As usual, I'm a little shocked by how quickly the terms fly by! Winter term starts in just under three weeks - no more relaxed days of reading and cooking, watching movies and running, ambling downtown and following my own schedule. I've had a productive off-term; I thought a lot about life after college and what kind of environment I want to work in, and I've enjoyed the time with my family (although frankly, I need some college-aged fun!).

I know I ranted about my State Department job, and I want to set the record straight so I don't discourage any potential interns. It's a great place to work, and I highly recommend interning there if you're considering government work or the Foreign Service. I complained because my office didn't have enough work to keep me (not to mention the other intern) busy, and the inactivity drove me crazy. Also, I found the bureaucracy and enormous building claustrophobic - but I get antsy whenever I can't determine my own schedule (something I'm going to have to work through anyway...). So take whatever I said with a large grain of salt, and recognize that each office will offer a different experience.

That being said, I'm so, so, SO excited that I will be far away from government work next summer - I just got accepted as a counselor and mountaineering instructor at Camp Green Cove! Green Cove is a sleep-away, all-girls outdoors camp in the Smoky Mountains of North Carolina; my sister's gone there for four years. Rebecca's had such a great experience (her stories and pictures have made me jealous for years!), and now I'll get to share her last year as camper. As a mountaineering instructor, I'll help lead backpacking and rock climbing trips - I can't wait!! Have any of you seen Last of the Mohicans? The story is set in upstate New York, but the movie was actually filmed in the beautiful mountains outside Green Cove - the campers go sliding down the natural waterslides shown in the movie!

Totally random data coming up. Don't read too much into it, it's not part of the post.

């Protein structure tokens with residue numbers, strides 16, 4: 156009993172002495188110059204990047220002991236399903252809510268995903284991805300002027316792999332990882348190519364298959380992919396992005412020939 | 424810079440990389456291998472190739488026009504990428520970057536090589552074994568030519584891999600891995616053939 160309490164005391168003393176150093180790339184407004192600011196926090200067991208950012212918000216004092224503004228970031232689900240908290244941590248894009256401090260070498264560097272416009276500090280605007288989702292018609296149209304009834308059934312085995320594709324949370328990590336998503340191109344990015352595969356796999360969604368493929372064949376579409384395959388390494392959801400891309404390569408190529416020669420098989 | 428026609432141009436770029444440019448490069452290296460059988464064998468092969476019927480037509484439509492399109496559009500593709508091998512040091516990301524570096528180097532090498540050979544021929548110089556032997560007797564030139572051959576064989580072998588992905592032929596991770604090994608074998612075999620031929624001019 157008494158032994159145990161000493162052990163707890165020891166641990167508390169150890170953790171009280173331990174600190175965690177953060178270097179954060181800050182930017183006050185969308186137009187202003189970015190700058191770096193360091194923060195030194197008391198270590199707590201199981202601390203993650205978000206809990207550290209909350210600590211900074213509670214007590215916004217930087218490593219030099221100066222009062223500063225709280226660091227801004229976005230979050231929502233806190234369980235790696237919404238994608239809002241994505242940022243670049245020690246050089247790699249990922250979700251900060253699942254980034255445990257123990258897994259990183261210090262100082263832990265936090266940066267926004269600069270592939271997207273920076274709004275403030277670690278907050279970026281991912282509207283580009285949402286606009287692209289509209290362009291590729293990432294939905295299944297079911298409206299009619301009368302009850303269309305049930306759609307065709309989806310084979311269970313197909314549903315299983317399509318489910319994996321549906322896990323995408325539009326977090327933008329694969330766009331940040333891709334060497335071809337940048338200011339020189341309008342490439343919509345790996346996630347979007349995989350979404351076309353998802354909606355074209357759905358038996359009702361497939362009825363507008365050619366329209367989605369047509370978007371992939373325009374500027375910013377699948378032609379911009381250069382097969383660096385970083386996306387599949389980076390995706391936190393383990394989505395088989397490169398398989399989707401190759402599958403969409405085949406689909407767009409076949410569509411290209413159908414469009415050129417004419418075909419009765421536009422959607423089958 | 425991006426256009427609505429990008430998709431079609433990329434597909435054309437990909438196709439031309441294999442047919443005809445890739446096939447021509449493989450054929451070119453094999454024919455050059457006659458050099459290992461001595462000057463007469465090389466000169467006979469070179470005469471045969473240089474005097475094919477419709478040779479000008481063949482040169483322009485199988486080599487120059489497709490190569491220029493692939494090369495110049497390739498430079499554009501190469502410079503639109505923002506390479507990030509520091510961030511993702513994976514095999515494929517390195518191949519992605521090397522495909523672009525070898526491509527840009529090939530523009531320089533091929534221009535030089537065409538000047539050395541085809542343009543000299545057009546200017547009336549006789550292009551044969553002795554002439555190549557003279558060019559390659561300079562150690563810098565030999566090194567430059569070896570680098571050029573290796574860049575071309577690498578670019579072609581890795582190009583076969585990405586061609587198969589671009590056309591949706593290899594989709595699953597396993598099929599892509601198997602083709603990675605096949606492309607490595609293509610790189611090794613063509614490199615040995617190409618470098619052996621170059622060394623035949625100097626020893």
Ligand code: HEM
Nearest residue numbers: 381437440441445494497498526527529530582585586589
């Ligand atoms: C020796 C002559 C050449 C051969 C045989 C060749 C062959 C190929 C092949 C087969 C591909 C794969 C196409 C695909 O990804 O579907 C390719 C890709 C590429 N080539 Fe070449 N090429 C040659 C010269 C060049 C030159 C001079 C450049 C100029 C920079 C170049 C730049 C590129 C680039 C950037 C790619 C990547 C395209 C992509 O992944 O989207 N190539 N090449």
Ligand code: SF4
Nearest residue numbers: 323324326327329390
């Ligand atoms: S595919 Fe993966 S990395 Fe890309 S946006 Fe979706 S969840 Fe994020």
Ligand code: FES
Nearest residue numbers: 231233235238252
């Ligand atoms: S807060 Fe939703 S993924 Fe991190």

Some of Rebecca's camp picturesCollapse )

And just for fun, some book recommendations from the past few months!
- Susanna Clarke: Jonathan Strange and Mr. Norrel
- Barbara Kingsolver: Bean Trees, Pigs in Heaven
- Ian McEwan: Amsterdam
- Anita Brookner: Hotel du Lac, Leaving Home
- Neil Gaimen: Stardust
- Thomas Hardy: Tess of the d'Urbervilles
- Henning Mankell: Firewall (good Swedish mysteries!)
- W. Somerset Maugham: The Painted Veil
- Anthony Burgess: A Clockwork Orange
- David Lodge: The British Museum is Falling Down (short, witty, and crazy-funny)
- Rajiv Chandrasekaran: Imperial Life in the Emerald City: Inside Iraq's Green Zone (I felt slightly criminal reading this inside State... though as the book shows, DOS was pretty much barred from the early reconstruction)

Hope to see you all soon! I'll be in town until January 5th.